Susan Kare is a pioneering and influential computer iconographer. She has designed thousands of software icons that are familiar to anyone who uses a computer. The Museum of Modern Art in New York praised Kare’s designs for being able to “communicate their function immediately and memorably, with wit and style.”
Recruited by Andy Hertzfield in 1982, Susan Kare was put to work on the icons and fonts for the original Macintosh computer. Countless numbers of users have worked with her art, and have not even recognized it as such. Her beginning at Apple was very primitive. Without bitmap image editors, Kare began her work on sheets of graph paper with a pencil. She designed all of the typefaces included with the original Mac, and almost all of the icons.
Her task was a difficult one. She had to create attractive sets of icons and characters that would be viewed for hours every day by the Mac’s users that were not only attractive, but easy to understand. On top of that, the icons had to be smaller than 32 pixels high and wide. She was given some independence, but Steve Jobs still exercised much influence with the icons’ design. Many of her designs were also used in the marketing of the original Mac. Her most famous of these is the Japanese woodcut that she digitized, which was included in the Macintosh brochure in 1984.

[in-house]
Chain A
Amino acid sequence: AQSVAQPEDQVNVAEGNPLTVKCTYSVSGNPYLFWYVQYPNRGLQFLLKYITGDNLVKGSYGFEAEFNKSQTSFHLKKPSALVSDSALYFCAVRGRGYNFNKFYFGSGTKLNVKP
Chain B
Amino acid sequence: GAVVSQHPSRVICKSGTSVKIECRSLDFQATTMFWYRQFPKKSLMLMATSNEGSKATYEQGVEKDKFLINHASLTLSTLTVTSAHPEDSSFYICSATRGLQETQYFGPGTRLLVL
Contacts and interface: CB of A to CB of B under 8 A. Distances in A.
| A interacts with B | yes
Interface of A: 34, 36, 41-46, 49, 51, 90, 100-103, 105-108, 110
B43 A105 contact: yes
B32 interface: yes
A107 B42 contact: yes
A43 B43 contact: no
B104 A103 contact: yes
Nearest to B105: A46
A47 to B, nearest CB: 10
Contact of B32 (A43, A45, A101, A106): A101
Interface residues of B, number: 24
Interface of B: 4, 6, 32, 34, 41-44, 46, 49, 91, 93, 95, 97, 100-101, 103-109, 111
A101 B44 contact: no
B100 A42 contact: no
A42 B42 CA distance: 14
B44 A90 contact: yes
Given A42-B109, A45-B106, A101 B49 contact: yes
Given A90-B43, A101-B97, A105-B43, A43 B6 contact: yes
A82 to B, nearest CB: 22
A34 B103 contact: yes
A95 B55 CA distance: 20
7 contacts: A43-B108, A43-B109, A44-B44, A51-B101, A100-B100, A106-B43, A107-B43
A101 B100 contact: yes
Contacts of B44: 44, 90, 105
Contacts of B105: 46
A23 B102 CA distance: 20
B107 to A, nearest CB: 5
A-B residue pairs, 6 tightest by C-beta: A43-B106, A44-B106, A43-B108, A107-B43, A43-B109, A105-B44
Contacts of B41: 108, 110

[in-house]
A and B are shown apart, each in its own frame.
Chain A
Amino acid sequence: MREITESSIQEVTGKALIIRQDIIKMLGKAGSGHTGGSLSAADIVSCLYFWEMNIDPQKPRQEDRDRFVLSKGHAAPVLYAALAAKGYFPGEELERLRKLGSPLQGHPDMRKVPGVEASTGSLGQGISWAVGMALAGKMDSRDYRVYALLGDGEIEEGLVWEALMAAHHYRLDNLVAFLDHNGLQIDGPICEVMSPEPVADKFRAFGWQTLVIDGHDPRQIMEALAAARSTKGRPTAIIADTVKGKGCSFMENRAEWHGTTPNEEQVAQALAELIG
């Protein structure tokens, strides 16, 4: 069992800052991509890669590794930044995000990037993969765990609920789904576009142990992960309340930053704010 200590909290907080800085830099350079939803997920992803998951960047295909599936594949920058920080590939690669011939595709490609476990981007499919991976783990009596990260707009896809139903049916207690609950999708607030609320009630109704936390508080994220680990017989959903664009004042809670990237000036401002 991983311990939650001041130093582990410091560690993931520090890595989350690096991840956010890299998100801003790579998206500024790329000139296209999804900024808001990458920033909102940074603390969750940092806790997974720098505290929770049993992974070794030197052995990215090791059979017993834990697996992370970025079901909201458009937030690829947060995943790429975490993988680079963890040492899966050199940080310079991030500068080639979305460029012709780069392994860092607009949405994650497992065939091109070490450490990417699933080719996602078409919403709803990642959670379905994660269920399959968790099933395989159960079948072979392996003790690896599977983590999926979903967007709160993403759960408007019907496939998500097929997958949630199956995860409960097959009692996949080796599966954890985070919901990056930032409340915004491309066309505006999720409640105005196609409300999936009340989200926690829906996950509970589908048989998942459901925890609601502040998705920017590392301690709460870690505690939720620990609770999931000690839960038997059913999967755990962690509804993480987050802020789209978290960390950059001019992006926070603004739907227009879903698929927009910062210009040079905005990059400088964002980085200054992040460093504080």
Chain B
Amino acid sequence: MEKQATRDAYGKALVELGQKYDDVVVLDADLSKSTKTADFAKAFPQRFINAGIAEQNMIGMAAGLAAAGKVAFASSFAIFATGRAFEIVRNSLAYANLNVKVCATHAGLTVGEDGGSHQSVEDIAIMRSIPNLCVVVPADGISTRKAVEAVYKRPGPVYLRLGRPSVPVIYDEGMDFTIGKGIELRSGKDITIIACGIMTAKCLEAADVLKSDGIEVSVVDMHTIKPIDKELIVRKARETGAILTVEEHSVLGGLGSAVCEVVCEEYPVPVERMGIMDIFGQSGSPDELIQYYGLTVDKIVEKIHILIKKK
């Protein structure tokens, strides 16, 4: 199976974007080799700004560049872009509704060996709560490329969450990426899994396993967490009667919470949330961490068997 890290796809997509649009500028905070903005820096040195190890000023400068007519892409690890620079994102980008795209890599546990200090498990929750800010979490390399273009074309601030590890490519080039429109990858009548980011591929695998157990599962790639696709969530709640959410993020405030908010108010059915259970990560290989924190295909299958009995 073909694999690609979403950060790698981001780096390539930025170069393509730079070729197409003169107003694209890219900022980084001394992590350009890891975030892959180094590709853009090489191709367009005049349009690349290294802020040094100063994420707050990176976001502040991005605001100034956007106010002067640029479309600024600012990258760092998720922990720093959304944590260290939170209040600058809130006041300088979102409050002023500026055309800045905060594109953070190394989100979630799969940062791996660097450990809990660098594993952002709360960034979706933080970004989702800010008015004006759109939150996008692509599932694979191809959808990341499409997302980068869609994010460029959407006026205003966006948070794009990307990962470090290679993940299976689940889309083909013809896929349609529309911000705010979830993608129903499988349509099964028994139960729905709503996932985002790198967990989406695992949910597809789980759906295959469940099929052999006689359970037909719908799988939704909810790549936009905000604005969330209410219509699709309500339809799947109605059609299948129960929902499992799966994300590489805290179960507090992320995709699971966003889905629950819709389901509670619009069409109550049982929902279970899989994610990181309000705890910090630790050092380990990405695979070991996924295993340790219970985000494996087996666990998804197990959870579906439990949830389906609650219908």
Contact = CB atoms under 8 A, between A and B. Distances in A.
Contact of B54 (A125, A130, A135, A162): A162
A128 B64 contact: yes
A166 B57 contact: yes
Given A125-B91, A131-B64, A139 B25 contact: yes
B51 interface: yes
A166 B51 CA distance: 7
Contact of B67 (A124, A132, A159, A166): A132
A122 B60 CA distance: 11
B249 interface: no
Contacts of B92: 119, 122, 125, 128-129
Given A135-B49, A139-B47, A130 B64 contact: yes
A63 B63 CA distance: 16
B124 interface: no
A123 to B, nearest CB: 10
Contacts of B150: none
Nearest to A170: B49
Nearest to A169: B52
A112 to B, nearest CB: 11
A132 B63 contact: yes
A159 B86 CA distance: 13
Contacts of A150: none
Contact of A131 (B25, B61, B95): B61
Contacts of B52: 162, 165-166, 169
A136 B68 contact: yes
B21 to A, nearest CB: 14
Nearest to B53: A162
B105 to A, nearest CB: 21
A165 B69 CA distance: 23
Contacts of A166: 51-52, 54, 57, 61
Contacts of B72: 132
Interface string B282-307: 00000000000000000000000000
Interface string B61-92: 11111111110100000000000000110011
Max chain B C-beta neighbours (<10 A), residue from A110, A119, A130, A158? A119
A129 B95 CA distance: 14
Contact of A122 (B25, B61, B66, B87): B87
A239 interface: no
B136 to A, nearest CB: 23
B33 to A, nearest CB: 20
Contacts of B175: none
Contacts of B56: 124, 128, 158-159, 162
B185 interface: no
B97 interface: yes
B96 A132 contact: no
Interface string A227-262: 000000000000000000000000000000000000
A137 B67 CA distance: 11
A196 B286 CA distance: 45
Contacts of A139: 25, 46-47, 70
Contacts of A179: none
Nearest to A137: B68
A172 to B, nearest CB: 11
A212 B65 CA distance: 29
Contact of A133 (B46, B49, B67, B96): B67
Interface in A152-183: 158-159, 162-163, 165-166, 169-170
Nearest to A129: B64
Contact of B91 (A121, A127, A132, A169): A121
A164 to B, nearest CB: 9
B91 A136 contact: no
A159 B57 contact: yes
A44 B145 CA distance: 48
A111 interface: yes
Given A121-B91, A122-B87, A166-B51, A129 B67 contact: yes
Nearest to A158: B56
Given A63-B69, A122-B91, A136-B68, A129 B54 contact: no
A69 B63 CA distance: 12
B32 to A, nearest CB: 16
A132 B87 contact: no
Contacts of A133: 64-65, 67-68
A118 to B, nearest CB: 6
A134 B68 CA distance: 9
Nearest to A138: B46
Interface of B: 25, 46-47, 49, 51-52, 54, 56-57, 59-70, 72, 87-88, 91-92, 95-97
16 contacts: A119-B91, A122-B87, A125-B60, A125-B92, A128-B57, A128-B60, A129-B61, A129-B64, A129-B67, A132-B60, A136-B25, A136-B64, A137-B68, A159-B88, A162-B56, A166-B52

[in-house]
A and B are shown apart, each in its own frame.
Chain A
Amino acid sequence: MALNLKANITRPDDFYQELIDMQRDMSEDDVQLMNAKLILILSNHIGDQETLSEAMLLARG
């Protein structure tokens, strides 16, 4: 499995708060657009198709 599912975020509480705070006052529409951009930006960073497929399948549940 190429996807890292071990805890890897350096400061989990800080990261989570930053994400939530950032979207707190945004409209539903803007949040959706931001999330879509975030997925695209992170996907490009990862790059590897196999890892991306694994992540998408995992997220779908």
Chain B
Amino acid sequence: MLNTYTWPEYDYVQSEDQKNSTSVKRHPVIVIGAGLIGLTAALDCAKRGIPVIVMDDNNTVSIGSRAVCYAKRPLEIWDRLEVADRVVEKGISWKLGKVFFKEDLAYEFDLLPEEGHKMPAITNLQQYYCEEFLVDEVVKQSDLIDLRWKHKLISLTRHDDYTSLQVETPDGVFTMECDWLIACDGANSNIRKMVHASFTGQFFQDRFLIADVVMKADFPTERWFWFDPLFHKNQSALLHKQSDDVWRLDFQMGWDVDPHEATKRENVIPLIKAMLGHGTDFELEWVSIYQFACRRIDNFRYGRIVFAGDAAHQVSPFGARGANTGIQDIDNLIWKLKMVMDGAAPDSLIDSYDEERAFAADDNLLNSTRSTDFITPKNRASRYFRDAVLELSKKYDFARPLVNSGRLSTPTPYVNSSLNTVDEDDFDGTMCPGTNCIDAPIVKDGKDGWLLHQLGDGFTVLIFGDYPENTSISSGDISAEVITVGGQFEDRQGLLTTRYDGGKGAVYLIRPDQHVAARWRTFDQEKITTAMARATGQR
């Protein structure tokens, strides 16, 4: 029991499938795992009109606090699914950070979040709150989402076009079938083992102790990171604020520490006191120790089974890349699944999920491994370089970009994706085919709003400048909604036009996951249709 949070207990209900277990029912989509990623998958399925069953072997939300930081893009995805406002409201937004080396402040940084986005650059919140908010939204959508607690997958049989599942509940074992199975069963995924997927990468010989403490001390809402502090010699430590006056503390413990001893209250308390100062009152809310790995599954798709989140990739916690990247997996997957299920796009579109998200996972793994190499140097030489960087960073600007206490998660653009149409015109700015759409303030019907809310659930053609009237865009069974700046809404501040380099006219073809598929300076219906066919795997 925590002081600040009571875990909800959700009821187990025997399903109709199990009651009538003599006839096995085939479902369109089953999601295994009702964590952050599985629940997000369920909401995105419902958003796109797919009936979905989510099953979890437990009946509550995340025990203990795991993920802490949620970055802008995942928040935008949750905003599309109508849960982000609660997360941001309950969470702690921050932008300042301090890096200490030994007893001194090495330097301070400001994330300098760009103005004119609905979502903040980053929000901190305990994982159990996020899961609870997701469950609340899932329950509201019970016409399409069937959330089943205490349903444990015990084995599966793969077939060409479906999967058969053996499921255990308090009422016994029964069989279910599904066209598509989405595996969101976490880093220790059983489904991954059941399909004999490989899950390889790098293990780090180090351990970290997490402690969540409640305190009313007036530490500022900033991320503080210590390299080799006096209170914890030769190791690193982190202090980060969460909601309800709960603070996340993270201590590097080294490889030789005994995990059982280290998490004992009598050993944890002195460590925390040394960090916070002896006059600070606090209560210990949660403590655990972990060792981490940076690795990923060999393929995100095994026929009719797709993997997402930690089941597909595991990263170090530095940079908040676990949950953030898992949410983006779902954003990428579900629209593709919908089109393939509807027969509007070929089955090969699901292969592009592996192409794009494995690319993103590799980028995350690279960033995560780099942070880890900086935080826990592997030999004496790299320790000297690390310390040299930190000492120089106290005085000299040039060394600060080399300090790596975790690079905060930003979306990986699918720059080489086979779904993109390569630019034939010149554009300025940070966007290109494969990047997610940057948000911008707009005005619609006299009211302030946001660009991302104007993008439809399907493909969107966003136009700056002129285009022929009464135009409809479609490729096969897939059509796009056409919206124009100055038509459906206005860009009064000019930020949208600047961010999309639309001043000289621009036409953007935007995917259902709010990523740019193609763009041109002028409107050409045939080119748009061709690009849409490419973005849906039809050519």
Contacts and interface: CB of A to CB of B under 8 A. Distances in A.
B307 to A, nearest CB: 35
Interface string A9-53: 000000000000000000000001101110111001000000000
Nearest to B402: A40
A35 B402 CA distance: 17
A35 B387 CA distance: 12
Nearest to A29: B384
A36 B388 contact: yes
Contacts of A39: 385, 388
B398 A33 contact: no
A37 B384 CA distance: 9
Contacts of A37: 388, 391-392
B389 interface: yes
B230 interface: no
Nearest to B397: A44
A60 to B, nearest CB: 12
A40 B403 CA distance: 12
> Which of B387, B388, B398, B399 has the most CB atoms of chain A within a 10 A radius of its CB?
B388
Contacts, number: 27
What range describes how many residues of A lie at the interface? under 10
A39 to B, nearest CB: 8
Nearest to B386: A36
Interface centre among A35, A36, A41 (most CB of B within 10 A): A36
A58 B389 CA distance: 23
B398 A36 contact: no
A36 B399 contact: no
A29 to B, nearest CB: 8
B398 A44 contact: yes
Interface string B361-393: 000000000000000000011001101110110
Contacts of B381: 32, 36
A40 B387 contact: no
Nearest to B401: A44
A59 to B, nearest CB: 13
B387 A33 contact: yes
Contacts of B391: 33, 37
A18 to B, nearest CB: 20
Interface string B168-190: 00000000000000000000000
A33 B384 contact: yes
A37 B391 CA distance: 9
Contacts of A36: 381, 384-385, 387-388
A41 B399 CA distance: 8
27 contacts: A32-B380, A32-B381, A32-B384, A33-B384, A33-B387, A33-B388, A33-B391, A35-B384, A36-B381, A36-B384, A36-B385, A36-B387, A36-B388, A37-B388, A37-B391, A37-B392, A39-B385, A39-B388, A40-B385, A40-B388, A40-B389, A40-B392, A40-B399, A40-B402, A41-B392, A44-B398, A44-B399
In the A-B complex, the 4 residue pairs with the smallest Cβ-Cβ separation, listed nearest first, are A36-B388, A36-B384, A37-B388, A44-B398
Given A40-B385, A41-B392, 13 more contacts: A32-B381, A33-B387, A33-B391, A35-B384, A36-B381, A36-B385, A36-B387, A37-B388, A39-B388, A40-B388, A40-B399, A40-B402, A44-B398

After having completed her work at Apple in 1986, Kare left and joined Steve Job’s NeXT, where she supervised the design of icons, brochures, ads and packaging. She later worked for Microsoft, where she designed the icons used in Windows 3.0, along with many other interface designs. She also helped design some of the interface elements in IBM’s OS/2 Warp. Her work was first revised by Paulien Strijand as part of Apple’s update to the Macintosh with System 7. Despite the revisions, her work helped shape the way users work everywhere, and has created icons that almost all users recognize.
All prints and images © kareprints.com.
Today, Susan Kare still works as a user interface designer in California. She sells limited edition prints (each one signed by Kare herself) and also sells a book called ICONS. Most recently she has designed two special edition watches for MetaWatch.